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Ransomware has evolved a lot since its early days—when the malware type used federal law violation warnings (Police Ransomware/REVETON) as a scare tactic—to modern crypto-ransomware that can lock users out of their systems.
Different ransomware families have also adopted a variety of new tactics to compel users to pay as soon as possible; Jigsaw, in particular, threatens to delete an increasing number of files after every hour of nonpayment.
It was proven to be an effective tactic, and other ransomware families followed suit.
Since then, a number of businesses and large organizations around the world have been hit, as police departments, small businesses, schools, and hospitals joined the growing list of ransomware victims. 50 new ransomware families have already been seen within the first five months of 2016 alone, which is more than the numbers seen in 20 combined.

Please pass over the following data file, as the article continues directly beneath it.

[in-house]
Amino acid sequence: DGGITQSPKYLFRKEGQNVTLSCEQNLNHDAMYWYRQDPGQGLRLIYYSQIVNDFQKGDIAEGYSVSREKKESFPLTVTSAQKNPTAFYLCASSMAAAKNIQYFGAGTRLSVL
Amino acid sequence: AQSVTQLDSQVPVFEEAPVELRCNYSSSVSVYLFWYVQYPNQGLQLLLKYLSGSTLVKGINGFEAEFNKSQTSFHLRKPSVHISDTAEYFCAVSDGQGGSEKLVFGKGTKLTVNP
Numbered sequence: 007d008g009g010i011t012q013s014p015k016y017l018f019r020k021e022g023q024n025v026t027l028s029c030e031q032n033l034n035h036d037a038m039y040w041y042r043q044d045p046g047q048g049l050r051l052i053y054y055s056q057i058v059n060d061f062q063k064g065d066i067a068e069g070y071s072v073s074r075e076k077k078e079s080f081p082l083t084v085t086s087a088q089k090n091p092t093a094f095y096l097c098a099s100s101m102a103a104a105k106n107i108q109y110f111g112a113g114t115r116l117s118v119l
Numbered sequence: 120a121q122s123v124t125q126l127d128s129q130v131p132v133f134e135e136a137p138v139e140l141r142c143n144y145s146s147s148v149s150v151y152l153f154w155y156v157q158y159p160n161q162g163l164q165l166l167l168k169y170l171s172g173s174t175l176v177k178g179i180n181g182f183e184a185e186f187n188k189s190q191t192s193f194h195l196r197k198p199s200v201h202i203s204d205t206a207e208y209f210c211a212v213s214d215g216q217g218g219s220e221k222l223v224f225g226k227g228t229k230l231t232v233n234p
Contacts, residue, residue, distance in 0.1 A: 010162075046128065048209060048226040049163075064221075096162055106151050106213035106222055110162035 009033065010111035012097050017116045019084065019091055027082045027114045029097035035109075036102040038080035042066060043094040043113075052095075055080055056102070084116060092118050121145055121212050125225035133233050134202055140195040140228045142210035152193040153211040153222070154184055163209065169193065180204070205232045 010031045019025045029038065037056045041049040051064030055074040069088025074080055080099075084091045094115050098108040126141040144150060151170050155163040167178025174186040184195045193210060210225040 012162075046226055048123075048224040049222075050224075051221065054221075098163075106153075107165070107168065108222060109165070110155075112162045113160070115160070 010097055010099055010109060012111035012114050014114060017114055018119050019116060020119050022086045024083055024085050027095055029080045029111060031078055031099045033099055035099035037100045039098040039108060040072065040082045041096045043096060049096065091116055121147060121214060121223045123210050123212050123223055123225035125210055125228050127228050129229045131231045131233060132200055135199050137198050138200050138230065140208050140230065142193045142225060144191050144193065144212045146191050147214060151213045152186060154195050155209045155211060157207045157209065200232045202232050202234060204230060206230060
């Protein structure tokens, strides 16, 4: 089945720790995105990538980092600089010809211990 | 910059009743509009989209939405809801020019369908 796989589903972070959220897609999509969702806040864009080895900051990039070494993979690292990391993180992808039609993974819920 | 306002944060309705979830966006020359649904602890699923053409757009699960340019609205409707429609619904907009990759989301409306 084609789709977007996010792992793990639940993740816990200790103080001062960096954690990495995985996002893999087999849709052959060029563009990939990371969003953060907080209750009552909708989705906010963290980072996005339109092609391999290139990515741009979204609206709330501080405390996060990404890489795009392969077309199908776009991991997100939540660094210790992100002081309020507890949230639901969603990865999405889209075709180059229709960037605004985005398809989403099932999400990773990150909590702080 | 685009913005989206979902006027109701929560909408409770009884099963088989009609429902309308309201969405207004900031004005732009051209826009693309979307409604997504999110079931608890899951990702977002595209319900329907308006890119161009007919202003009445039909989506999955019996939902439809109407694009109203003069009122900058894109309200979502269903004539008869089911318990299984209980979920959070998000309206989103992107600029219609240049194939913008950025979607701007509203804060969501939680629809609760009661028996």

view infographic: Ransomware 101What makes ransomware so effective? Just like any traditional extortion op, ransomware operations succeed because they capitalize on fear, which ultimately forces victims to do something irrational such as paying cybercriminals.
Fear of losing your job because you lost important documents to ransomware can be crippling.
Cybercriminals have also constantly improved ransomware’s hostage-taking tactics with the use of increasingly sophisticated encryption technologies.In 2013, ransomware strains led by Crypto Locker began encrypting files, holding them hostage until victims paid the ransom.